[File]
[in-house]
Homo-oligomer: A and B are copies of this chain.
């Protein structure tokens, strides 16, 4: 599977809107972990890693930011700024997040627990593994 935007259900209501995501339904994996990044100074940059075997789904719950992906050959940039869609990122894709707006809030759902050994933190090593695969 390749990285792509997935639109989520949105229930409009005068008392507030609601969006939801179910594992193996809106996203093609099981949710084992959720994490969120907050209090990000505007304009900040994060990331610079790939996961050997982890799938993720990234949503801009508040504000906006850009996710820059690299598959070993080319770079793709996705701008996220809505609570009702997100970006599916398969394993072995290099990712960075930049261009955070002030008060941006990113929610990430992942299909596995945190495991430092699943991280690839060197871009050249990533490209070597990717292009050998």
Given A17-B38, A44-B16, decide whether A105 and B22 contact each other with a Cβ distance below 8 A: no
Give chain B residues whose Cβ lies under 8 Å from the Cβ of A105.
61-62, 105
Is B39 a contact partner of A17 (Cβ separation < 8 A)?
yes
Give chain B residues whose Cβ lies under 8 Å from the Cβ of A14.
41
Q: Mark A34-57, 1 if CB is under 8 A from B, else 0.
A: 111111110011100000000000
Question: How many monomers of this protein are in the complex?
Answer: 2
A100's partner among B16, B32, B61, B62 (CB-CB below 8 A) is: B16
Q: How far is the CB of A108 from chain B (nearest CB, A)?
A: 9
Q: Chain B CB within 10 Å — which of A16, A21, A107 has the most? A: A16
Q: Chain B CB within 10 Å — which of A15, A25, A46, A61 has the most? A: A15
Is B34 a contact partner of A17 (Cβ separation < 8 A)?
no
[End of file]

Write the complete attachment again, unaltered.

[in-house]
Homo-oligomer: A and B are copies of this chain.
């Protein structure tokens, strides 16, 4: 599977809107972990890693930011700024997040627990593994 935007259900209501995501339904994996990044100074940059075997789904719950992906050959940039869609990122894709707006809030759902050994933190090593695969 390749990285792509997935639109989520949105229930409009005068008392507030609601969006939801179910594992193996809106996203093609099981949710084992959720994490969120907050209090990000505007304009900040994060990331610079790939996961050997982890799938993720990234949503801009508040504000906006850009996710820059690299598959070993080319770079793709996705701008996220809505609570009702997100970006599916398969394993072995290099990712960075930049261009955070002030008060941006990113929610990430992942299909596995945190495991430092699943991280690839060197871009050249990533490209070597990717292009050998």
Given A17-B38, A44-B16, decide whether A105 and B22 contact each other with a Cβ distance below 8 A: no
Give chain B residues whose Cβ lies under 8 Å from the Cβ of A105.
61-62, 105
Is B39 a contact partner of A17 (Cβ separation < 8 A)?
yes
Give chain B residues whose Cβ lies under 8 Å from the Cβ of A14.
41
Q: Mark A34-57, 1 if CB is under 8 A from B, else 0.
A: 111111110011100000000000
Question: How many monomers of this protein are in the complex?
Answer: 2
A100's partner among B16, B32, B61, B62 (CB-CB below 8 A) is: B16
Q: How far is the CB of A108 from chain B (nearest CB, A)?
A: 9
Q: Chain B CB within 10 Å — which of A16, A21, A107 has the most? A: A16
Q: Chain B CB within 10 Å — which of A15, A25, A46, A61 has the most? A: A15
Is B34 a contact partner of A17 (Cβ separation < 8 A)?
no